At one pm, Steve and I were in the lobby as the bus pulled in. There were a lot of people as two groups were going to be running in tandem: an adult group and a kids group. We’d offered to do either, but they said that we were WAY TOO OLD to work with the kids – cut off age for volunteers was thirty-five. So that was us told.

We milled around and introduced ourselves to people. I actually felt a bit shy, but Steve was off like a Cuban Ambassador. Every time I turned around he was animatedly talking to another pretty woman. So, after a few fairly stilted conversations I went to join him, and was introduced to The Blonde.

‘Oh my God, this is crazy, right?’, she gushed, with a sexy accent, and at a speed that I didn’t realise was possible, especially in a second language. We may have got her entire life history in about twenty seconds, which was some achievement as a lot of the words were ‘fuck’. But she was fabulous, and I adored her, and we got on like a house on fire.

At lunch we were instructed to sit at mixed tables – two native speakers to two programme participants. This was a little strange for all newbies, so I’ve forgotten what we had for lunch. If only I could say the same about the rest of the food we were served there. Oh boy.

After lunch we were given an intro to the programme. As I walked into the room wearing my swanky lanyard (always wanted one of those) I was told that I’d already been requested as a mentor. Oh yes? By whom?

‘There’s my mentor,’ yelled The Blonde, with a dazzling smile, and actually jumped out of her seat as if I was George Clooney covered in chocolate. Steve got allocated Mr Muscles, a physiotherapist with a shy demeanour and a good sense of humour. A promising start, I thought. Bang on.


A large part of the week was going to be fifty minutes conversation, on various topics, with a single individual. My first one was easy because I had Mrs Fit-and-Fabulous, and the topic was all ‘who are you/what do you do/why are you here/what do you hope to achieve?’ and then it was dinner time.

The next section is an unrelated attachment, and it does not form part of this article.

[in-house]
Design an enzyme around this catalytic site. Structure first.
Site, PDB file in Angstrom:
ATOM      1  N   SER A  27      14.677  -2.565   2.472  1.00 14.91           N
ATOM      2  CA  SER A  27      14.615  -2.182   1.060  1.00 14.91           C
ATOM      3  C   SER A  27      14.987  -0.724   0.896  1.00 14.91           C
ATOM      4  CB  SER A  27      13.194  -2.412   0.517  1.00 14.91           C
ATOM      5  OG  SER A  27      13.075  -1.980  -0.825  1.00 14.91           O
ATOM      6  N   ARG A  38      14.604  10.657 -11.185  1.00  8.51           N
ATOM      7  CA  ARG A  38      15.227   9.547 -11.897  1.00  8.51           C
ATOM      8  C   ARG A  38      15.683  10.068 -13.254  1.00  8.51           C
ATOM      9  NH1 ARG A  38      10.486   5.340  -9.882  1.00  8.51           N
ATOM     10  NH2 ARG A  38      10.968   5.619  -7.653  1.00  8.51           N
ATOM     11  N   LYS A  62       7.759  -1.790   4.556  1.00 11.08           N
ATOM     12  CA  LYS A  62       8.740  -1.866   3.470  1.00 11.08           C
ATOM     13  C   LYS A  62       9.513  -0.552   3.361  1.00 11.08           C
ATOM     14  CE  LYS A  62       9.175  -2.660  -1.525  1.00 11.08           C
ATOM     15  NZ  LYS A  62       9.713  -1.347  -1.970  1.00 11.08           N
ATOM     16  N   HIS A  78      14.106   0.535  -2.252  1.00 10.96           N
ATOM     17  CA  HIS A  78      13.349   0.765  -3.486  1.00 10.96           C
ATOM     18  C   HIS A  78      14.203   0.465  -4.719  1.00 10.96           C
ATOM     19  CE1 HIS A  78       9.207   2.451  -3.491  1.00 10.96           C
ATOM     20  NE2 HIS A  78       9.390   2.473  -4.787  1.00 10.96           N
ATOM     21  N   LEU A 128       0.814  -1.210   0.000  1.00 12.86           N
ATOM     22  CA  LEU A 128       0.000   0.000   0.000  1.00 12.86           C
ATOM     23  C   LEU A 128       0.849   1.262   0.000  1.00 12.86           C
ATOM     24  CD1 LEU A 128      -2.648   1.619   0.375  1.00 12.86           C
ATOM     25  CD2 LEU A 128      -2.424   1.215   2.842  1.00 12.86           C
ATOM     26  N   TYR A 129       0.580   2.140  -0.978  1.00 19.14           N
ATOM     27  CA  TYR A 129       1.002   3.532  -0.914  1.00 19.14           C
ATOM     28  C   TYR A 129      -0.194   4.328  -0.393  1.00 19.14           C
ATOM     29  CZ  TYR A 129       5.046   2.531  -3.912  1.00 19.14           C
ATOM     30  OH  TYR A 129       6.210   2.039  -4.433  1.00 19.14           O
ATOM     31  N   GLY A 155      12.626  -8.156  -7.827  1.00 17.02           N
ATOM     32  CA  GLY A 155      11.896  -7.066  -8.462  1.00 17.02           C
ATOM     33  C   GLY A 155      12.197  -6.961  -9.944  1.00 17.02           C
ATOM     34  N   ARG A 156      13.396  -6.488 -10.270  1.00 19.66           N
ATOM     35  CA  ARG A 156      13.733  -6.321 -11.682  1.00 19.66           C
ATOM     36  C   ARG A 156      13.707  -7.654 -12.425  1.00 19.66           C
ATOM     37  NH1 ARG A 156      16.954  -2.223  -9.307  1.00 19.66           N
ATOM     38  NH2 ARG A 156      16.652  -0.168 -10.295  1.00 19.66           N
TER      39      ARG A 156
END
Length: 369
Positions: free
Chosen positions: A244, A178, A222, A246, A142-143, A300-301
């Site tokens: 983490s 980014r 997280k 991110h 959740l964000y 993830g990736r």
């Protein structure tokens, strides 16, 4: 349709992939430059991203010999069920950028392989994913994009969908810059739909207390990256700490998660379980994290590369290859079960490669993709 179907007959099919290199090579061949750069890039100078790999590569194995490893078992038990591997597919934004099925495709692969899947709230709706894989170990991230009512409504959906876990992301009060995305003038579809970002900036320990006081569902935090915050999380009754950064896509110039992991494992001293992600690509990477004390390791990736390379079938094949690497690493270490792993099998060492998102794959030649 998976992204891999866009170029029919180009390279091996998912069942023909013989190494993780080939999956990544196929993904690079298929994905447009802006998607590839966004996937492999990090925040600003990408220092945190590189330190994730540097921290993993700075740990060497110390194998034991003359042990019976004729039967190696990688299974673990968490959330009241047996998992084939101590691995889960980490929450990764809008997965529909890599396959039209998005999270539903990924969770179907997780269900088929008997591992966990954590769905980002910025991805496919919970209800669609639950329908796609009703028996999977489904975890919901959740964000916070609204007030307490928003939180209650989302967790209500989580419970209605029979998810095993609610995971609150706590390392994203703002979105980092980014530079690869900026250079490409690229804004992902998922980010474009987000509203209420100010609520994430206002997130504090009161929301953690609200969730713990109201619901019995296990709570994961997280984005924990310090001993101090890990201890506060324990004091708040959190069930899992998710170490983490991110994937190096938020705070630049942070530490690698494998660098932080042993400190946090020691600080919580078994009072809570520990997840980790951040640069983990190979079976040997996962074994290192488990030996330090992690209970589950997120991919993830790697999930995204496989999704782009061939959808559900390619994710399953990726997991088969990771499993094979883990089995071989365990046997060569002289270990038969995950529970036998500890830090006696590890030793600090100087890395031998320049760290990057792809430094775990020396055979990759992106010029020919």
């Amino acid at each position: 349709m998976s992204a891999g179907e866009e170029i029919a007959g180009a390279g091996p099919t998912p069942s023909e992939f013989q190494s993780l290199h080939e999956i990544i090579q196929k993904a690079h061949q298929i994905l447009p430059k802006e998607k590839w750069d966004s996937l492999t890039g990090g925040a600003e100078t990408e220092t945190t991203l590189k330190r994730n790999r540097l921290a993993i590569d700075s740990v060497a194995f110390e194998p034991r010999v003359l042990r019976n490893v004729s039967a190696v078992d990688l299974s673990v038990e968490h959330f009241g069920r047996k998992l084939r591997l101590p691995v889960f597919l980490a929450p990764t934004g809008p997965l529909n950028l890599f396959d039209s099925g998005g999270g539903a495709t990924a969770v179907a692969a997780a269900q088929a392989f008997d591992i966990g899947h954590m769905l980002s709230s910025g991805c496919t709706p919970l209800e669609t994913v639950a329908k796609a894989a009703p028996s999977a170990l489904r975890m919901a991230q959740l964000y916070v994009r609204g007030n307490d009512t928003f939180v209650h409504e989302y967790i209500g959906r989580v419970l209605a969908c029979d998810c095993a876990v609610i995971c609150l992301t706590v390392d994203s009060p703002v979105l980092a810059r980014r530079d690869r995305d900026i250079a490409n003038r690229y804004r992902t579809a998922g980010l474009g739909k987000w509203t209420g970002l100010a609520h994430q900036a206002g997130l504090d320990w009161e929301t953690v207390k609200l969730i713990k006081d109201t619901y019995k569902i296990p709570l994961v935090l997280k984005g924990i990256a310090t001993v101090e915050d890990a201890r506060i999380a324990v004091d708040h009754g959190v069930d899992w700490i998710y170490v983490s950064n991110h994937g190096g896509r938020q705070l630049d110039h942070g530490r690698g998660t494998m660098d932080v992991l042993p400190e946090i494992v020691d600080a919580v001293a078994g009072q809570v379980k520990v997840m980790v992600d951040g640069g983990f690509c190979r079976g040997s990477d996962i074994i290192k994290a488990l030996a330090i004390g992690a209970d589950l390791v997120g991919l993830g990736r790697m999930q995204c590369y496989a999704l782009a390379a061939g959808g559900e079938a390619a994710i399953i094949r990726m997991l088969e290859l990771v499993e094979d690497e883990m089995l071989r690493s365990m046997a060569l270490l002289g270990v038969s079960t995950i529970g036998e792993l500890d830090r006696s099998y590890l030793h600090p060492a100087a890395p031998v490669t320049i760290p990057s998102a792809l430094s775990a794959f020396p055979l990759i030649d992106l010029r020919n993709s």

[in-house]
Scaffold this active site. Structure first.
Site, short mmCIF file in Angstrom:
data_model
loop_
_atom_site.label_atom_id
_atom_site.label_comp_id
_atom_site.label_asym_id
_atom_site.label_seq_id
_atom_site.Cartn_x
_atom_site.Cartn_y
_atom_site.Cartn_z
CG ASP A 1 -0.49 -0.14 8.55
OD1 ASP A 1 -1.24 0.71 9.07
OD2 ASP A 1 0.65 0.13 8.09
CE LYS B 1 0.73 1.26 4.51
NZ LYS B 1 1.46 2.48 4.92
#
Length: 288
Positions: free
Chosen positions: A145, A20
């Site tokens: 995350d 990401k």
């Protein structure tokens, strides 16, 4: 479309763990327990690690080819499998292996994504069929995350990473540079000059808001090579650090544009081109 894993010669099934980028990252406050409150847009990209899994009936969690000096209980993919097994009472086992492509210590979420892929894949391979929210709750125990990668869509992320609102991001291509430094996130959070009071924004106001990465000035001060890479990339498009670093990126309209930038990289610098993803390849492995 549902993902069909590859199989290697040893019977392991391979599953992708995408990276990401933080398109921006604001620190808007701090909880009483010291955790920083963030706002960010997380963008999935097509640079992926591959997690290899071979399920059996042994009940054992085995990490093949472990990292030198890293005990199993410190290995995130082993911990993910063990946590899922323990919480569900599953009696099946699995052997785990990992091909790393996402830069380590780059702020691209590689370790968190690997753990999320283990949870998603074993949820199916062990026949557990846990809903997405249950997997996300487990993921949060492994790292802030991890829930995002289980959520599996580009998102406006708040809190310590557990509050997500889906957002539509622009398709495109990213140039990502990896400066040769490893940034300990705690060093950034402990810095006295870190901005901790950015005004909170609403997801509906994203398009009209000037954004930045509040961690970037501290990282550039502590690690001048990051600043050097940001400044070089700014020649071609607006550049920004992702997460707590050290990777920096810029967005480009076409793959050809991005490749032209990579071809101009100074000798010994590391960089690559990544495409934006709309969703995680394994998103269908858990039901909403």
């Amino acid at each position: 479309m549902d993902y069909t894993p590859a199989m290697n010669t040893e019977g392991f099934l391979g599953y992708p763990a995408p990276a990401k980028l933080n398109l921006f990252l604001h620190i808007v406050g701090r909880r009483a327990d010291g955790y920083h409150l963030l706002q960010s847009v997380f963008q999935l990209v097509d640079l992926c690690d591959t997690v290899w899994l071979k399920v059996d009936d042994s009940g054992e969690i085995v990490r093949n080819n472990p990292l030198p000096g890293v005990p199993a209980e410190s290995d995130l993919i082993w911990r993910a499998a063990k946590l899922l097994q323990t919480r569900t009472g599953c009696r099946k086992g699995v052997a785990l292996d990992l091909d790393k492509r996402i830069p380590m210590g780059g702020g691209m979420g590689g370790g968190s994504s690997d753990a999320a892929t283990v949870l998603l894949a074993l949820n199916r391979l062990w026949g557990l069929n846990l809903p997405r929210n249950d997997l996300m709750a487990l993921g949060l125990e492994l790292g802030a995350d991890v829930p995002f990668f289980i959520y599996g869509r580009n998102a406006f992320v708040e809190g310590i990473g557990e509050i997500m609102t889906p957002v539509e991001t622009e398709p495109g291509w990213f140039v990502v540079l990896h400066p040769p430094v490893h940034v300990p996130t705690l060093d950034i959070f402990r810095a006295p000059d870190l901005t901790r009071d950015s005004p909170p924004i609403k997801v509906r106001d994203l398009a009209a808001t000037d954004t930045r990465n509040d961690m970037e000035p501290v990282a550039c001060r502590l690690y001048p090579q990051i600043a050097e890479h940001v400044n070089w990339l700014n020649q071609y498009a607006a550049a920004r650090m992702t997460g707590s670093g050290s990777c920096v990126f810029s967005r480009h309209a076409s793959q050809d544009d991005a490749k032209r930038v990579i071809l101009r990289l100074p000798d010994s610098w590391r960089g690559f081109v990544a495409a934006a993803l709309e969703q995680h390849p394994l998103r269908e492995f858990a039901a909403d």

The first exercise every morning was to spend 50 minutes tutoring our mentees. They were all required to give a presentation on the coming Thursday afternoon, and so the first order of business was to decide on a topic. It could be anything they liked.

The Blonde wanted to talk about what she’d learned in her life, (‘I was very stupid young girl, so fucking stupid, you know? But now I am smarter’) in the twin mediums of speed-talking and pop songs. Fine by me. We rehearsed Cyndi Lauper’s Girls Just Wanna Have Fu-un, and Queen’s We Are The Champions. I taught her It’s Been A Hard Day’s Night by the Beatles (‘who?’) and we found a way to squeeze in some Jessie J. This teaching lark rocked.


The day’s schedule of one-on-ones and group activities gave us a break just after lunch, but then carried on until 7.30 in the evening. In the group work we had to imagine ourselves shipwrecked on a desert island, with only a specific selection of tools washed up on the beach to help us. Did we stay on the island or try to build a raft?

My group opted to leave, another group chose to start a new community, and The Blonde’s group decided to stay – but be very depressed about this. So much so that they called their patch of rock the ‘Island of kill yourself’, and it featured a particularly high cliff that was the designated ‘place for kill yourself’.